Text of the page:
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Liquid Water on Mars!

This article appeared in the October 16, 2015 edition of the Davis Enterprise.


By Vinita Domier

Special to the Enterprise


On September 28, 2015, NASA announced that the Mars Reconnaissance Orbiter's (MRO) on-board scientific instruments have detected strong evidence of present-day seasonal flowing water on the surface of Mars. This momentous deduction of flowing water on the Red Planet's surface will galvanize the search for origins of life on Mars, as where there is liquid water there is possibility of life.


Since 2010, images taken by MRO’s High Resolution Imaging Science Experiment (HiRISE) camera have shown darkish streaks appearing in four locations (Horowitz Crater, Hale Crater, Palikir Crater, and Coprates Chasma) on the Martian surface. These ebbing and flowing streaks, known as recurring slope lineae (RSL), are observed flowing downwards from tops of mountainous craters when the Martian surface temperatures exceeds -23ºC, becoming prominent in the Martian summers, and non-existent in the Martian winters.


Spectral analyses of the RSL by MRO’s Compact Reconnaissance Imaging Spectrometer for Mars (CRISM) have conclusively determined the presence of hydrated salts - specifically magnesium perchlorate, magnesium chlorate, and sodium perchlorate - mixed with the Martian soil. Perchlorate salts have been found in many Martian locations, are highly dissolvable in water, and become hydrated by chemically bonding with water molecules.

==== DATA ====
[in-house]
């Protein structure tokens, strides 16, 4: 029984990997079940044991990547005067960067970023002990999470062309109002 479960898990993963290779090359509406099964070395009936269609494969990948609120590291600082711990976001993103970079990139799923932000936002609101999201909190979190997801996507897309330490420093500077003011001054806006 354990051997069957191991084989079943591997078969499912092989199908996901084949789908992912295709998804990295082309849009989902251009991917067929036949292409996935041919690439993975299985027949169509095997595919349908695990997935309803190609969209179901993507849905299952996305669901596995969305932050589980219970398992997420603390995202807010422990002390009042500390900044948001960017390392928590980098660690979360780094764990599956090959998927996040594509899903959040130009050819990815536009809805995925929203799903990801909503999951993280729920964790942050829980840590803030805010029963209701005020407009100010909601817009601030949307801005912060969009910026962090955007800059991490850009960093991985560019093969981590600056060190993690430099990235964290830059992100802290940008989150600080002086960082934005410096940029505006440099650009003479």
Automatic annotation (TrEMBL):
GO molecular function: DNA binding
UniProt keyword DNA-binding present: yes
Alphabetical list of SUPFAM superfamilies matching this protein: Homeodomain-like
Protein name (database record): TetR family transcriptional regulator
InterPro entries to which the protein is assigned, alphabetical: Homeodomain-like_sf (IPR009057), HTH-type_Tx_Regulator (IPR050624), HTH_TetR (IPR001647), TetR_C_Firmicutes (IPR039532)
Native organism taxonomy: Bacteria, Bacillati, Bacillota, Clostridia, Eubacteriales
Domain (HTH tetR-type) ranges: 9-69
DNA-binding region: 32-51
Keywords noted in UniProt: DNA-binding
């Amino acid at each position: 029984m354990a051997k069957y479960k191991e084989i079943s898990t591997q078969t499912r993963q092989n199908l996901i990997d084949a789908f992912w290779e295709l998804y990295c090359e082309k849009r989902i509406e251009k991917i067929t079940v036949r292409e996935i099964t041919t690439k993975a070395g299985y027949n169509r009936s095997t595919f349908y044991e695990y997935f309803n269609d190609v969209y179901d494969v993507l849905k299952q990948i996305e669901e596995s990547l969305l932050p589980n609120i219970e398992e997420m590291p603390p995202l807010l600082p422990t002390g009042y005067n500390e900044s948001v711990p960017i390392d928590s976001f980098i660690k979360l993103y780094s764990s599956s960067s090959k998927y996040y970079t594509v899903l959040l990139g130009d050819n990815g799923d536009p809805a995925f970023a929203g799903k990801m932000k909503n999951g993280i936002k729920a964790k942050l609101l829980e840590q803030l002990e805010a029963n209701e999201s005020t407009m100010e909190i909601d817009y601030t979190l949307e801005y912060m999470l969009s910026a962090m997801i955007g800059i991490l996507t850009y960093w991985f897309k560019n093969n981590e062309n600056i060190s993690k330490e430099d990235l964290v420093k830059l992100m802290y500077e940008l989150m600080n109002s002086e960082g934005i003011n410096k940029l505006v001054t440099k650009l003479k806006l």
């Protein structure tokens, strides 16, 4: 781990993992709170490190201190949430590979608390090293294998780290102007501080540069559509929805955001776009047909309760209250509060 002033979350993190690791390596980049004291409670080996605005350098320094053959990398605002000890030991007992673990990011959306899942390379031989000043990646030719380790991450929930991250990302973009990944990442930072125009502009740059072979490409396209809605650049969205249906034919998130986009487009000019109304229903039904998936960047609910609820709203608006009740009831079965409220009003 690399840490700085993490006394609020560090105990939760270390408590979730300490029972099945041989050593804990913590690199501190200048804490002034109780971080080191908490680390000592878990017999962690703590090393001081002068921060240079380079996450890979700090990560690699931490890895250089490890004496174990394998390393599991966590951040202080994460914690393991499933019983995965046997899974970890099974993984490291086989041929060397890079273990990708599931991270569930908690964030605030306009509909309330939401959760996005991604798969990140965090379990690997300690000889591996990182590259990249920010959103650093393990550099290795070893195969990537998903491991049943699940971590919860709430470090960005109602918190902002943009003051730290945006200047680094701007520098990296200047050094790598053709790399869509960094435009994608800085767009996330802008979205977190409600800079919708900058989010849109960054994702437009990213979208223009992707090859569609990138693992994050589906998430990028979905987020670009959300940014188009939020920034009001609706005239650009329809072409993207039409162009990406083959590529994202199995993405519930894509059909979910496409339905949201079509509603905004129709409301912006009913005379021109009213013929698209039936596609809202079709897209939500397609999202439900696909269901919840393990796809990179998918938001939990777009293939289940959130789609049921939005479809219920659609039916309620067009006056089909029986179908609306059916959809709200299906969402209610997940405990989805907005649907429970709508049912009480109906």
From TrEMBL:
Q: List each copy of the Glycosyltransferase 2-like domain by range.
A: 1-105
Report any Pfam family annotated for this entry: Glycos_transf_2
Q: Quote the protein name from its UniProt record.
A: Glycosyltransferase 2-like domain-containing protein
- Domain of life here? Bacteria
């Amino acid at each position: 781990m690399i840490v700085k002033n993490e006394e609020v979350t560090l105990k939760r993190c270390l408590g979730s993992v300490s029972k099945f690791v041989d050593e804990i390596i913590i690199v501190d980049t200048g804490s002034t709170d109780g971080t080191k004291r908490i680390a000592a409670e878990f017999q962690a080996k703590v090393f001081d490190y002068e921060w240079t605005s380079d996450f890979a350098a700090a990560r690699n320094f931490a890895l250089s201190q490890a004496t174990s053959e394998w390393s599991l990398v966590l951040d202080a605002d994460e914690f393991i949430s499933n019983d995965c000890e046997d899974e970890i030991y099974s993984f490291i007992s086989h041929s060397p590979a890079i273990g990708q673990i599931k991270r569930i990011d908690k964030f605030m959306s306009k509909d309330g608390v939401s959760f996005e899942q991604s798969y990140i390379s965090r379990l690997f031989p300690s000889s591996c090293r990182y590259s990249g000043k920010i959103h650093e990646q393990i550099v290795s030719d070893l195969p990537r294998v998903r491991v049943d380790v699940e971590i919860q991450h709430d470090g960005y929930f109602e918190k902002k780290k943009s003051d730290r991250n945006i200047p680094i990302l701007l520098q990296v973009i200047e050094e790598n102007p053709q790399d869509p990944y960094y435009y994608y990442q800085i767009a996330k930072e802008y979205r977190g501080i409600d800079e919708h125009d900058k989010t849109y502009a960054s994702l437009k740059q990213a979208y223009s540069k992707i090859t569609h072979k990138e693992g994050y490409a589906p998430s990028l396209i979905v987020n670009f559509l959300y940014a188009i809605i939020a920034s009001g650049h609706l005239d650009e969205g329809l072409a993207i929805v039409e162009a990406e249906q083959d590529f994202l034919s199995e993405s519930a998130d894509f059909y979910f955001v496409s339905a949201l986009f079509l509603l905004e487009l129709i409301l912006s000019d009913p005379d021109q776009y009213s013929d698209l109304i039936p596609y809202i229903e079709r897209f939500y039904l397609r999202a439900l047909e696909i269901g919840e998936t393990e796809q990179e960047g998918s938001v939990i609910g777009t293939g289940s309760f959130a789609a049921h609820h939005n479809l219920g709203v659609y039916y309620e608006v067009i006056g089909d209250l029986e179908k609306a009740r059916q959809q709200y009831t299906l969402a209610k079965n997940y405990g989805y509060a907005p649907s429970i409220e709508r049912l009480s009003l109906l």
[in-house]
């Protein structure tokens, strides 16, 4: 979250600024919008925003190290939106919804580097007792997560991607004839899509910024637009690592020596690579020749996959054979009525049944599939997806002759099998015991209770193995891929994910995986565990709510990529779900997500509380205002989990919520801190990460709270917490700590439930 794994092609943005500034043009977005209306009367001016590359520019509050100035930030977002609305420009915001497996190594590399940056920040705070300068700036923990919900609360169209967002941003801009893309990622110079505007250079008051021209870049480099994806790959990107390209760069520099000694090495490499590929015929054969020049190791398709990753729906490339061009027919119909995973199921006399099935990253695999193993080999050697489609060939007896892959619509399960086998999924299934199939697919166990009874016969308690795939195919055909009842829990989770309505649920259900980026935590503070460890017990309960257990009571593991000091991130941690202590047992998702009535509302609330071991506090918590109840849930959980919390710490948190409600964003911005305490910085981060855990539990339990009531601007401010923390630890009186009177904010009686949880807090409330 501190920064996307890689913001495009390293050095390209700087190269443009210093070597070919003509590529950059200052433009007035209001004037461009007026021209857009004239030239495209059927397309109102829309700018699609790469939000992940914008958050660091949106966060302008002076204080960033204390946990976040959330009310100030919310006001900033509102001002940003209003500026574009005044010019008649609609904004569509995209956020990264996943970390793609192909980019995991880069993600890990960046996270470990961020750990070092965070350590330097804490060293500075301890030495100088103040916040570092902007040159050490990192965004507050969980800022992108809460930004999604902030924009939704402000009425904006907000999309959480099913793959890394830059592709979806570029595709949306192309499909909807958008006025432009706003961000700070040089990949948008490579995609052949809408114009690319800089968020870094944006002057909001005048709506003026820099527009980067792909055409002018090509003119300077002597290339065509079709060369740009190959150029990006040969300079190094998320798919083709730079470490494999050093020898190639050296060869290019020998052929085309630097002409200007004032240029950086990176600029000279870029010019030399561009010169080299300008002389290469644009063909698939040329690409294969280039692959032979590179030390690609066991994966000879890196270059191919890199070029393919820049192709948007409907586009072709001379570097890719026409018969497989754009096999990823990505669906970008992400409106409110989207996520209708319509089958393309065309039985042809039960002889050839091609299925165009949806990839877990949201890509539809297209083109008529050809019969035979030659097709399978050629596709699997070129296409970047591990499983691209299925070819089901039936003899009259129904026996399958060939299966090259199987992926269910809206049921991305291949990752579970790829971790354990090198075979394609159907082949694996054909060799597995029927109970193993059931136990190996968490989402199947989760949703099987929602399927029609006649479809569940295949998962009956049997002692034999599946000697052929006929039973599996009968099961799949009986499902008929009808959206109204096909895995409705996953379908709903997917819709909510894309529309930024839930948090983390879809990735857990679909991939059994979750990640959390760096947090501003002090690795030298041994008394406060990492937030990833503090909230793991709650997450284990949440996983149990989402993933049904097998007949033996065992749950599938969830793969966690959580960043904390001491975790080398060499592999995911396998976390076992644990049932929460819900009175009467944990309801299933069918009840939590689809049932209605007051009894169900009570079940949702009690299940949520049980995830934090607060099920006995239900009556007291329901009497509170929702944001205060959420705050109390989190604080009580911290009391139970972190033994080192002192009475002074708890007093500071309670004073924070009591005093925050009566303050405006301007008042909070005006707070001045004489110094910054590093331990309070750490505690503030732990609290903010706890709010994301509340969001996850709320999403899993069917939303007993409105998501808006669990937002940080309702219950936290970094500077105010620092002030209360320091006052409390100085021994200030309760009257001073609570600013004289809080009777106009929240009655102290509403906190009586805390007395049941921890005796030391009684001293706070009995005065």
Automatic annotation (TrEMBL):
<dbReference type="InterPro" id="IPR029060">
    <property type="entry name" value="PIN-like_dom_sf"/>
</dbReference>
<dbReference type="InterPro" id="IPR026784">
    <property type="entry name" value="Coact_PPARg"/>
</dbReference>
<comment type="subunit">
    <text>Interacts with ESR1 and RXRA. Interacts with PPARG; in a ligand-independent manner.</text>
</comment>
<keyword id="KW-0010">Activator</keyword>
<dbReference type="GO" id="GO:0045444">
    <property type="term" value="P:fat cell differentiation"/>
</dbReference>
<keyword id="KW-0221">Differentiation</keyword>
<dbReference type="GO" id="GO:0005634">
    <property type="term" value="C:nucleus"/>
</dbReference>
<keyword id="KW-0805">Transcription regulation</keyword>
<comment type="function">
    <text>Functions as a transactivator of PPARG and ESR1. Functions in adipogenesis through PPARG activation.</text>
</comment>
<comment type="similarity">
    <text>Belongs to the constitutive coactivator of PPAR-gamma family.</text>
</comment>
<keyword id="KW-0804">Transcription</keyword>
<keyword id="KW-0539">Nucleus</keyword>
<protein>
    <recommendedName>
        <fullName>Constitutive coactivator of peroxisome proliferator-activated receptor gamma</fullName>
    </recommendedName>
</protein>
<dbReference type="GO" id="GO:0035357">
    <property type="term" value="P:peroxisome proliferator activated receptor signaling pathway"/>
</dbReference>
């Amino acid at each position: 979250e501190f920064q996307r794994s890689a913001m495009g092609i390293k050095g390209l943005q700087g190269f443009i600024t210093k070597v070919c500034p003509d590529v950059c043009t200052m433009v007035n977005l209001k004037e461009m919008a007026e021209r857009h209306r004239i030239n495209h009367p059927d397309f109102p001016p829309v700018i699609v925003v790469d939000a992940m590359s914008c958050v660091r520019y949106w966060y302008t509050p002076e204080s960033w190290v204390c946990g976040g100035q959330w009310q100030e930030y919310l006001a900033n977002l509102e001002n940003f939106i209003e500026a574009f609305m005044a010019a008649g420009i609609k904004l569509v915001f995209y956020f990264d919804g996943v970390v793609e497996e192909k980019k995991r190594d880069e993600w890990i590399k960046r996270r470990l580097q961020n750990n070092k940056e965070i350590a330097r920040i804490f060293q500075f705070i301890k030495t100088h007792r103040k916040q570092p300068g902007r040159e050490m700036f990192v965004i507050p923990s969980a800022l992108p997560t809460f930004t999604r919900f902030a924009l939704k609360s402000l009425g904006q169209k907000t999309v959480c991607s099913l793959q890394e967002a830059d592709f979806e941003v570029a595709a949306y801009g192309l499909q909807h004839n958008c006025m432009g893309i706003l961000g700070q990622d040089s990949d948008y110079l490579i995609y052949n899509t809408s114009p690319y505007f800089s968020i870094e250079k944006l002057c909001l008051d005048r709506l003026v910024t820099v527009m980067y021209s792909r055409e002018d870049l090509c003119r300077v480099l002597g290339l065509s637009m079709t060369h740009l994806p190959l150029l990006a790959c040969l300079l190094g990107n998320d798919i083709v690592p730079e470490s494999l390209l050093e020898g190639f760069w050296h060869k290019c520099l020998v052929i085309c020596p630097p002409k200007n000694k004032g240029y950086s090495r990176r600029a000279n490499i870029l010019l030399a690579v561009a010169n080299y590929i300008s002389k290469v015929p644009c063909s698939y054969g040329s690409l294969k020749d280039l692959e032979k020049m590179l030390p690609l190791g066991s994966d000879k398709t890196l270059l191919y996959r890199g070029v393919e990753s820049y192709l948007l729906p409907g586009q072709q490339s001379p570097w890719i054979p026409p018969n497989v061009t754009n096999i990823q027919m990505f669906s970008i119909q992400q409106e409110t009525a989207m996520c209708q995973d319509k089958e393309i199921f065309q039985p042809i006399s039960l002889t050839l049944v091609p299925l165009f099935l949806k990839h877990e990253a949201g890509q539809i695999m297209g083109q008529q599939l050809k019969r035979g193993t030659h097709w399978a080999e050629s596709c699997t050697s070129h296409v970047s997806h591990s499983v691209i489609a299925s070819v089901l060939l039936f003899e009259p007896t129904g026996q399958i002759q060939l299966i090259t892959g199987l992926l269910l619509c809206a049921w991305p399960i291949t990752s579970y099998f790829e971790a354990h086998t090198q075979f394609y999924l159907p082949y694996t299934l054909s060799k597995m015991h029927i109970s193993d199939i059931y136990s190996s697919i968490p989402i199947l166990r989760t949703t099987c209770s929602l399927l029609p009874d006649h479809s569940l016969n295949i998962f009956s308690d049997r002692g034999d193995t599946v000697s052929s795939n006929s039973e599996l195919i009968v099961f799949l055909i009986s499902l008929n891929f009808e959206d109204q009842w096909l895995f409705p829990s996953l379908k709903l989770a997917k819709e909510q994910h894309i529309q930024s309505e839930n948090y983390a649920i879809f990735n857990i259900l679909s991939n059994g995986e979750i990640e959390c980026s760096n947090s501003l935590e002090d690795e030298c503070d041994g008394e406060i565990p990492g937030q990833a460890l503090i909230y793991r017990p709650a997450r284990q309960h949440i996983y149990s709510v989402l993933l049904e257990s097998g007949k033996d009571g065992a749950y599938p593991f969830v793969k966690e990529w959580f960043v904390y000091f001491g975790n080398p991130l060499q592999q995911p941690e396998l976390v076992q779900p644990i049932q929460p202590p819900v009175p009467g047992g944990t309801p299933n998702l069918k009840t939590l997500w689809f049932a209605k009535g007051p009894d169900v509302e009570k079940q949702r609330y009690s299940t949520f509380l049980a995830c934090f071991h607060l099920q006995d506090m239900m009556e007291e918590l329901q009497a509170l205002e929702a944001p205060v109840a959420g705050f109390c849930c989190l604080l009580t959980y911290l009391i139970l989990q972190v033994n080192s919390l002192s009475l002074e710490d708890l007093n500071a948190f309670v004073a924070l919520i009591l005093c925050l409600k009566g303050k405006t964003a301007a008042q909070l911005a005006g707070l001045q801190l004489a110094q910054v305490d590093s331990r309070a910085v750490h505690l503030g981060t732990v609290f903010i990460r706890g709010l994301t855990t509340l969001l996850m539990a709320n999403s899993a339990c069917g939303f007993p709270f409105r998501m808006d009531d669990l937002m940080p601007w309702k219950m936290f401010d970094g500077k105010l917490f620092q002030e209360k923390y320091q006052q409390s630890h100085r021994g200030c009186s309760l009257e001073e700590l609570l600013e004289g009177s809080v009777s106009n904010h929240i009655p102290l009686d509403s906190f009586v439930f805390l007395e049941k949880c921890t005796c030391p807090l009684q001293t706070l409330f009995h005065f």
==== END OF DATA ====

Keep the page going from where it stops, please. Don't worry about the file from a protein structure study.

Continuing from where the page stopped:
One hypothesis explaining the hydration of the perchlorate salts in the RCL on Mars is that they liquefy after absorbing water from the atmospheric water vapor. Another explanation is that warmer temperatures in the summertime melts some of the water ice in the Martian rocks, and the resultant flowing seepage dissolves the salts present in the Martian soil.


The dissolved salts significantly lower the freezing point of the perchlorate brine-water, enabling it to be a liquid on Mars’ surface between -70ºC and +24ºC. In contrast, pure water exists as a liquid on the Earth’s surface between 0ºC and +100ºC, and on Mars’ surface from 0ºC (below which it freezes) to +10ºC (above which it boils away). As the Martian atmosphere is very thin and cold even in the summer season, any water flowing on Mars’ surface has to contain high concentrations of dissolved salts.


The presence of transient liquid water on contemporary Mars has been conclusively surmised from the spectral signatures of hydrated salts detected in the seasonal RSL. No actual flowing water has been observed as of now. The presence of frozen water in Martian polar icecaps and permafrost, and evidence of past flowing water on the surface have been confirmed by previous observations of the Red Planet. This new discovery of seasonal liquid water, albeit highly salty water, flowing on the surface raises the tantalizing prospect that organic life may be present on Mars.


Please join the Davis Astronomy Club on Saturday, October 17, 2015, starting at 7:00pm at the Explorit Science Center (3141 5th Street, Davis). We will discuss the ramifications of the discovery of liquid water on the Red Planet Mars and new scientific revelations about the dwarf planet Pluto, followed by a star party, weather permitting. The Davis Astronomy Club meetings are free and all ages are welcome.



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